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For example, a Stack Panel arranges its children sequentially, beginning with the first child and stacking subsequent children one right after the other.

However, a Loop Panel really eases the concept of a “first” child. The pivotal child is the element around which the remaining children are arranged. Then its neighboring siblings (the subsequent and preceding members of the children collection) are placed, working away from the pivotal child in both directions until all remaining visible children are arranged.

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This allows for a balanced layout around the pivotal child.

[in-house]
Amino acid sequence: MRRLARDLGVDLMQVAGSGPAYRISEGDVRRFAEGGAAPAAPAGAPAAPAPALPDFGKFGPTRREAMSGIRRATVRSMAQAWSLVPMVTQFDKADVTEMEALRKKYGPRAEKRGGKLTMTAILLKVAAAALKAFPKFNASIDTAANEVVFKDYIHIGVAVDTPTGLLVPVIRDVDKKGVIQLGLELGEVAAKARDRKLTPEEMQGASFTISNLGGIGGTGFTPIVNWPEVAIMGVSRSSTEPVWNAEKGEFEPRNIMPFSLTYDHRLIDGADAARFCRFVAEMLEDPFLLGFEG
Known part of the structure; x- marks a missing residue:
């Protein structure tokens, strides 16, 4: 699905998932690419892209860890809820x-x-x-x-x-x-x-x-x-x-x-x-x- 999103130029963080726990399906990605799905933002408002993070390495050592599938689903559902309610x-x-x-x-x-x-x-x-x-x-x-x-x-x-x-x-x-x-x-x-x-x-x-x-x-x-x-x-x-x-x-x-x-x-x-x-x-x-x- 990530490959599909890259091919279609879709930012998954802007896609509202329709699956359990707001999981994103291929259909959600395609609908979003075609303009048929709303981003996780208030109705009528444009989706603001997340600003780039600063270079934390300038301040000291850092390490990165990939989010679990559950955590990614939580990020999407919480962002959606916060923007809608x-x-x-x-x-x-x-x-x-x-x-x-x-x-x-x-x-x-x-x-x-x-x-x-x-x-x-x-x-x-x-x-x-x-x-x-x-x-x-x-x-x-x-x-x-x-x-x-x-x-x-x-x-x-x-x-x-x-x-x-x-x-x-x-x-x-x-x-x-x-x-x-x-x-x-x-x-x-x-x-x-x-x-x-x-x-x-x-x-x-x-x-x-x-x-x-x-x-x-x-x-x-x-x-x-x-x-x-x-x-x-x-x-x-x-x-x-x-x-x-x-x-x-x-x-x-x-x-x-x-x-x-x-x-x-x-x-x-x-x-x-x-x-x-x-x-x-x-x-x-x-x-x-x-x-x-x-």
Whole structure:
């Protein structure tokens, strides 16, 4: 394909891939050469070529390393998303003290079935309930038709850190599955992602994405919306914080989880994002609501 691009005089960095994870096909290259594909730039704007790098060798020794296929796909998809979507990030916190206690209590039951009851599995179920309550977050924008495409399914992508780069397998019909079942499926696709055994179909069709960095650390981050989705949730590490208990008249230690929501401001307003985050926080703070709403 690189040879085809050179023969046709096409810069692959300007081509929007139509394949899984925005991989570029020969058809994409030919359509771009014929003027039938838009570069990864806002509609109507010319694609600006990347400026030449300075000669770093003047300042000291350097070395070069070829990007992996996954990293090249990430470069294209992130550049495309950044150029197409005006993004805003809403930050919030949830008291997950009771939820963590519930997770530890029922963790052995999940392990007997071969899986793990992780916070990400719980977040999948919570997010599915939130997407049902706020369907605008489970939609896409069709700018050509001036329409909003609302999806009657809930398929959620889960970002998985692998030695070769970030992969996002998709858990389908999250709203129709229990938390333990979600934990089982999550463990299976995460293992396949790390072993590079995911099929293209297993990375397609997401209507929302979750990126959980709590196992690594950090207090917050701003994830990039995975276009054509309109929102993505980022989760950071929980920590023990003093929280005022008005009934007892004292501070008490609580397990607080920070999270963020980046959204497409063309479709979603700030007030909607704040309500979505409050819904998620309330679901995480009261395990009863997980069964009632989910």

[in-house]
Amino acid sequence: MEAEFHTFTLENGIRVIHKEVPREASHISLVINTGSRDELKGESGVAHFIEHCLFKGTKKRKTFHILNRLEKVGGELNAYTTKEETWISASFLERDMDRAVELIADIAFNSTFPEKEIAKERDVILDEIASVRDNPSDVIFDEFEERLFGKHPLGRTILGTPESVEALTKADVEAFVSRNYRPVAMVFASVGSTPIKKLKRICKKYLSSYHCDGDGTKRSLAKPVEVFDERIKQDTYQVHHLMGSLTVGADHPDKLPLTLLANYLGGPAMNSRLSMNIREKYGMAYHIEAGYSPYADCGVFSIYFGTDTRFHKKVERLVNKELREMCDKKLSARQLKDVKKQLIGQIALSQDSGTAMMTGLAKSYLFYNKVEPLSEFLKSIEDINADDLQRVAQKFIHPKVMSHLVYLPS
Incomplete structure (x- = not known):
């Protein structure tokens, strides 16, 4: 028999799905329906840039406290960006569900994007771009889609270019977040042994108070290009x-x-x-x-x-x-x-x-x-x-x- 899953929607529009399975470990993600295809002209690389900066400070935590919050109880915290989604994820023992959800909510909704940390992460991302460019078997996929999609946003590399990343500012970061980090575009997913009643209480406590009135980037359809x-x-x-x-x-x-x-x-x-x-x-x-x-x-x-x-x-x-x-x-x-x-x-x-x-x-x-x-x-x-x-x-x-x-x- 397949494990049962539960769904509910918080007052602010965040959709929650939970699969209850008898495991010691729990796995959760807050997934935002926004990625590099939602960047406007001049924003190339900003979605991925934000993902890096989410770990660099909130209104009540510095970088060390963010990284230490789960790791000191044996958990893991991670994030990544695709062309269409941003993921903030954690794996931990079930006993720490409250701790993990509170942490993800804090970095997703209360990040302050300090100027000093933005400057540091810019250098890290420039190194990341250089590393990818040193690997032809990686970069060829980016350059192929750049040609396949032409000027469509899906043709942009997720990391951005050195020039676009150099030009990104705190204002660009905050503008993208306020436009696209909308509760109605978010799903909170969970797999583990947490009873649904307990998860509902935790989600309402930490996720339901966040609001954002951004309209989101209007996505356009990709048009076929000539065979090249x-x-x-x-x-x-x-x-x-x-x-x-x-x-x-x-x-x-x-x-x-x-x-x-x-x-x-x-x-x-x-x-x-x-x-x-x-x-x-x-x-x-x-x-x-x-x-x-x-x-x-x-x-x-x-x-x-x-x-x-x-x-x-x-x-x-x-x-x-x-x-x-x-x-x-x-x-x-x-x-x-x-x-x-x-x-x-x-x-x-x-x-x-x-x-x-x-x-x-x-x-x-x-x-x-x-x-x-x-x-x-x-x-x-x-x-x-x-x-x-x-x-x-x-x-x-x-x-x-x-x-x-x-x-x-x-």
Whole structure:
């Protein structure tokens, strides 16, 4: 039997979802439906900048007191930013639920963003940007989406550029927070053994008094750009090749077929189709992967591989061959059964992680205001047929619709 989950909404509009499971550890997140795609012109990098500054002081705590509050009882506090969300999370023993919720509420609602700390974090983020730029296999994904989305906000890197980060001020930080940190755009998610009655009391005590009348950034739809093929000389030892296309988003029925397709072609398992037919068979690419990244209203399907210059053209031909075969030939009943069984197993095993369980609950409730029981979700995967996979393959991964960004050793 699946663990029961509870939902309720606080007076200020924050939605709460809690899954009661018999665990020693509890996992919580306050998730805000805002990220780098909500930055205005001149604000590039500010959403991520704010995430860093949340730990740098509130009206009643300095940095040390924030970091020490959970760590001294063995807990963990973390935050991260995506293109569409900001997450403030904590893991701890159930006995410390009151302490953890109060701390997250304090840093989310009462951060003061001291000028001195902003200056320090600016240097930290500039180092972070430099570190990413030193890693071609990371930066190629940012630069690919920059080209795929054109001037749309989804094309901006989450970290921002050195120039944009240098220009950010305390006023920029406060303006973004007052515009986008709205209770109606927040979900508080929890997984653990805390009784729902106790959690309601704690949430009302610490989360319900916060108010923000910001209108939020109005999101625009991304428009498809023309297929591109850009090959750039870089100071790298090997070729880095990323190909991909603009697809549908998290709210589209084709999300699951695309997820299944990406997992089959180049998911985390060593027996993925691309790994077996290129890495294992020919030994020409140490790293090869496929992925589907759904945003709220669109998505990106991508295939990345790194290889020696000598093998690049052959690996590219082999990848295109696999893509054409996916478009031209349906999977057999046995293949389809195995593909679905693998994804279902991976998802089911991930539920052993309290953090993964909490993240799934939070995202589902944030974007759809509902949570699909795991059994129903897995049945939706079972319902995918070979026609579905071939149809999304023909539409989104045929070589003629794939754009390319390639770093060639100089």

Nonvisible children (those that are outside the panel’s viewport) are then arranged using a layout rect with no size (both width and height are zero).

If you are actually developing for Surface, be sure to check out the , I would highly recommend it as a foundation for this article.

The Loop Panel Sample Application To give you a better understanding of the panel examined within this post, you can run this Click Once Loop Panel sample application.

The Loop Panel Layout Algorithm Whenever I’m creating a new panel, I start by clearly defining its layout algorithm.

This allows me to identify the exact properties that will be necessary to support the new layout.

In the Loop Panel class, I wanted to support both a horizontal and vertical orientation, just as Stack Panel does.

I also decided to use the same basic measuring algorithm as Stack Panel, measuring each child to infinity in the stacking direction (the orientation direction) and measuring it to the panel’s available size in the nonstacking direction.

I had some extra time this weekend, so I refactored one of my early looping panels into something that might be useful for a wider audience.

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